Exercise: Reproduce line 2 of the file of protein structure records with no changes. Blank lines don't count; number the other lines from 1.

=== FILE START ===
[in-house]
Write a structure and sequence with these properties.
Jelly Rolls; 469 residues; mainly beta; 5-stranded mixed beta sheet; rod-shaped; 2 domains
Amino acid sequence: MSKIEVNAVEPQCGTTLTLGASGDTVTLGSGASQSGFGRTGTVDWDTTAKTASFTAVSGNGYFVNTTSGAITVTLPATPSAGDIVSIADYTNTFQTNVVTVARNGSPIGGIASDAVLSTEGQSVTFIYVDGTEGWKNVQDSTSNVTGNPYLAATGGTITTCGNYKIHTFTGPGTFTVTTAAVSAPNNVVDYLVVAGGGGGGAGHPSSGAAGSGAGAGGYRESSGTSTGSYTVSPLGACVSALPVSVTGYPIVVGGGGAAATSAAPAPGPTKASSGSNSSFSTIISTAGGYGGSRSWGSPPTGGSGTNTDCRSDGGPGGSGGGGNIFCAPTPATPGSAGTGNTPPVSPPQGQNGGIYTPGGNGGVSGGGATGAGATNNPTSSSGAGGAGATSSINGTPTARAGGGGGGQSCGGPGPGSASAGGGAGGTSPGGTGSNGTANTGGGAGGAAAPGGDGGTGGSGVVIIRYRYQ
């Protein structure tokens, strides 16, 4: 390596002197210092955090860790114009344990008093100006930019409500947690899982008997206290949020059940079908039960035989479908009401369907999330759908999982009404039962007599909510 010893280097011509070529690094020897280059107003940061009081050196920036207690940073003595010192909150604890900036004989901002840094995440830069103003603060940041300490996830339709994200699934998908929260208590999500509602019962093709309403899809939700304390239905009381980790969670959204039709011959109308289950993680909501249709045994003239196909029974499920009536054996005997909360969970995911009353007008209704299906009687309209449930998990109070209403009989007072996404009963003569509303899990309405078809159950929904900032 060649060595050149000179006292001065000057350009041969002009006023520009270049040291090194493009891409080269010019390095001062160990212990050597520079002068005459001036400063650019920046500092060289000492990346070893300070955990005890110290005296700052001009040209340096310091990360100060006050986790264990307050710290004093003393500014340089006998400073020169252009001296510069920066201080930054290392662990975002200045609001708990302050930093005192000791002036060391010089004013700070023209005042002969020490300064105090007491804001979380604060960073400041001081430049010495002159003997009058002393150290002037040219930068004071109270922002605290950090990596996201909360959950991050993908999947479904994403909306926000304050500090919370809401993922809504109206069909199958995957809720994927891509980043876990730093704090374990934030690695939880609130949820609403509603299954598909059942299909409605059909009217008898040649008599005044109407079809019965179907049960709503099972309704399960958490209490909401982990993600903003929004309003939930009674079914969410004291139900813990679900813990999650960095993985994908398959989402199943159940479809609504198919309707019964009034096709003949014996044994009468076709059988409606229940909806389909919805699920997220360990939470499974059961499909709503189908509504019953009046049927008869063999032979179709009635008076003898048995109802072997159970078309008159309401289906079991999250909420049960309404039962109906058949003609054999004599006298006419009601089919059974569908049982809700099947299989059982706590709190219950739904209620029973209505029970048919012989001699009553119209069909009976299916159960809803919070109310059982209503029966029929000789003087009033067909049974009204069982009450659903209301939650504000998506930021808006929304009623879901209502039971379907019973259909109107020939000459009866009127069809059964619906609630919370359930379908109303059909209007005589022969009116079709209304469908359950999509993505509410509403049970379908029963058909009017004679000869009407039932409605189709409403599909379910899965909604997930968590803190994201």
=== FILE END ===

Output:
Write a structure and sequence with these properties.